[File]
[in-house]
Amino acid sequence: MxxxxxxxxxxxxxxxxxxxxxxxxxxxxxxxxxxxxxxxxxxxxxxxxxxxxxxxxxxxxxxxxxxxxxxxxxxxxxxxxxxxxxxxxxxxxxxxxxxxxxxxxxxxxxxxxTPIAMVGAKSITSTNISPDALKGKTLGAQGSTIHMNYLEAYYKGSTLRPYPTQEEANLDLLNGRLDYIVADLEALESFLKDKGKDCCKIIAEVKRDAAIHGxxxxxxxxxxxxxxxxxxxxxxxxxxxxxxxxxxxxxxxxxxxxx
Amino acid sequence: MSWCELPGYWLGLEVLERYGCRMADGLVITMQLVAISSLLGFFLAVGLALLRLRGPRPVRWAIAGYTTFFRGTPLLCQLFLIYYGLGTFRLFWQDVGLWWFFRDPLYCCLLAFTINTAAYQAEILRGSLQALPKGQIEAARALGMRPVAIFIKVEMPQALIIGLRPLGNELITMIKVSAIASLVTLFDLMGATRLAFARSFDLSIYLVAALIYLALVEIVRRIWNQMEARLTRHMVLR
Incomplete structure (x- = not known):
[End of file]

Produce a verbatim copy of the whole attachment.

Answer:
[in-house]
Amino acid sequence: MxxxxxxxxxxxxxxxxxxxxxxxxxxxxxxxxxxxxxxxxxxxxxxxxxxxxxxxxxxxxxxxxxxxxxxxxxxxxxxxxxxxxxxxxxxxxxxxxxxxxxxxxxxxxxxxxTPIAMVGAKSITSTNISPDALKGKTLGAQGSTIHMNYLEAYYKGSTLRPYPTQEEANLDLLNGRLDYIVADLEALESFLKDKGKDCCKIIAEVKRDAAIHGxxxxxxxxxxxxxxxxxxxxxxxxxxxxxxxxxxxxxxxxxxxxx
Amino acid sequence: MSWCELPGYWLGLEVLERYGCRMADGLVITMQLVAISSLLGFFLAVGLALLRLRGPRPVRWAIAGYTTFFRGTPLLCQLFLIYYGLGTFRLFWQDVGLWWFFRDPLYCCLLAFTINTAAYQAEILRGSLQALPKGQIEAARALGMRPVAIFIKVEMPQALIIGLRPLGNELITMIKVSAIASLVTLFDLMGATRLAFARSFDLSIYLVAALIYLALVEIVRRIWNQMEARLTRHMVLR
Incomplete structure (x- = not known):